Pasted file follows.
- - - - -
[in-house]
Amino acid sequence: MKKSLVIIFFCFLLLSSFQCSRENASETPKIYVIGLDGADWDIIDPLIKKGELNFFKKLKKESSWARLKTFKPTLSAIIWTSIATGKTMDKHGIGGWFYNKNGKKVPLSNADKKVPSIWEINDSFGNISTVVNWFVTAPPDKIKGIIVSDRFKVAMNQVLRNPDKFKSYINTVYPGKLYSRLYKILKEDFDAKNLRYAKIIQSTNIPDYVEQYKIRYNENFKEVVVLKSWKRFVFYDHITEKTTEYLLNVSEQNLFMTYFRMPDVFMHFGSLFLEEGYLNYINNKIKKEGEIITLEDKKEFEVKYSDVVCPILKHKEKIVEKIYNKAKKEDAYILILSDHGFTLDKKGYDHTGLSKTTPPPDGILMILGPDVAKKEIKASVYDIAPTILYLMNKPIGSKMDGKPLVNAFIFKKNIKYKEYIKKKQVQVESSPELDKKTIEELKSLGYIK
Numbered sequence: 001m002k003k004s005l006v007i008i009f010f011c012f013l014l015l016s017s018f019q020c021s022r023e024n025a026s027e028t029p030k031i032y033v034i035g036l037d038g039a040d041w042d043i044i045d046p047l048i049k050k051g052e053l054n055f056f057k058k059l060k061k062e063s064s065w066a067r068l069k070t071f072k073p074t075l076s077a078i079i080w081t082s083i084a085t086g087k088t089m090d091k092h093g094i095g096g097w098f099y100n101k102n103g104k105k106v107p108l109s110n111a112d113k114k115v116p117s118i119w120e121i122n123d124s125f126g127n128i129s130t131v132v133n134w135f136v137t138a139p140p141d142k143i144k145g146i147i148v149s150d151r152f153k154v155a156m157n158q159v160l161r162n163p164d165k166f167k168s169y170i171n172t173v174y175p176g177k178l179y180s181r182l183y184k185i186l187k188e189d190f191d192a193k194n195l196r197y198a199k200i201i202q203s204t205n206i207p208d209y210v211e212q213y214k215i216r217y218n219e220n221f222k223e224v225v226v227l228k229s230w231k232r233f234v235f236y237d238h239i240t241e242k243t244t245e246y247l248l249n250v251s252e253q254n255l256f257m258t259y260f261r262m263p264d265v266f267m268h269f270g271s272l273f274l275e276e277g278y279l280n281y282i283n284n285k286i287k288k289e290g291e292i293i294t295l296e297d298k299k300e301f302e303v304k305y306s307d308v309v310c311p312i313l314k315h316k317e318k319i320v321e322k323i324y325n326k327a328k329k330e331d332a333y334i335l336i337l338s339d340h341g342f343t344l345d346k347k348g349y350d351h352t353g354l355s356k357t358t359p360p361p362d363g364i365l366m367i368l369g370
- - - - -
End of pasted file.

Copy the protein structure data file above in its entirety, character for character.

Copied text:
[in-house]
Amino acid sequence: MKKSLVIIFFCFLLLSSFQCSRENASETPKIYVIGLDGADWDIIDPLIKKGELNFFKKLKKESSWARLKTFKPTLSAIIWTSIATGKTMDKHGIGGWFYNKNGKKVPLSNADKKVPSIWEINDSFGNISTVVNWFVTAPPDKIKGIIVSDRFKVAMNQVLRNPDKFKSYINTVYPGKLYSRLYKILKEDFDAKNLRYAKIIQSTNIPDYVEQYKIRYNENFKEVVVLKSWKRFVFYDHITEKTTEYLLNVSEQNLFMTYFRMPDVFMHFGSLFLEEGYLNYINNKIKKEGEIITLEDKKEFEVKYSDVVCPILKHKEKIVEKIYNKAKKEDAYILILSDHGFTLDKKGYDHTGLSKTTPPPDGILMILGPDVAKKEIKASVYDIAPTILYLMNKPIGSKMDGKPLVNAFIFKKNIKYKEYIKKKQVQVESSPELDKKTIEELKSLGYIK
Numbered sequence: 001m002k003k004s005l006v007i008i009f010f011c012f013l014l015l016s017s018f019q020c021s022r023e024n025a026s027e028t029p030k031i032y033v034i035g036l037d038g039a040d041w042d043i044i045d046p047l048i049k050k051g052e053l054n055f056f057k058k059l060k061k062e063s064s065w066a067r068l069k070t071f072k073p074t075l076s077a078i079i080w081t082s083i084a085t086g087k088t089m090d091k092h093g094i095g096g097w098f099y100n101k102n103g104k105k106v107p108l109s110n111a112d113k114k115v116p117s118i119w120e121i122n123d124s125f126g127n128i129s130t131v132v133n134w135f136v137t138a139p140p141d142k143i144k145g146i147i148v149s150d151r152f153k154v155a156m157n158q159v160l161r162n163p164d165k166f167k168s169y170i171n172t173v174y175p176g177k178l179y180s181r182l183y184k185i186l187k188e189d190f191d192a193k194n195l196r197y198a199k200i201i202q203s204t205n206i207p208d209y210v211e212q213y214k215i216r217y218n219e220n221f222k223e224v225v226v227l228k229s230w231k232r233f234v235f236y237d238h239i240t241e242k243t244t245e246y247l248l249n250v251s252e253q254n255l256f257m258t259y260f261r262m263p264d265v266f267m268h269f270g271s272l273f274l275e276e277g278y279l280n281y282i283n284n285k286i287k288k289e290g291e292i293i294t295l296e297d298k299k300e301f302e303v304k305y306s307d308v309v310c311p312i313l314k315h316k317e318k319i320v321e322k323i324y325n326k327a328k329k330e331d332a333y334i335l336i337l338s339d340h341g342f343t344l345d346k347k348g349y350d351h352t353g354l355s356k357t358t359p360p361p362d363g364i365l366m367i368l369g370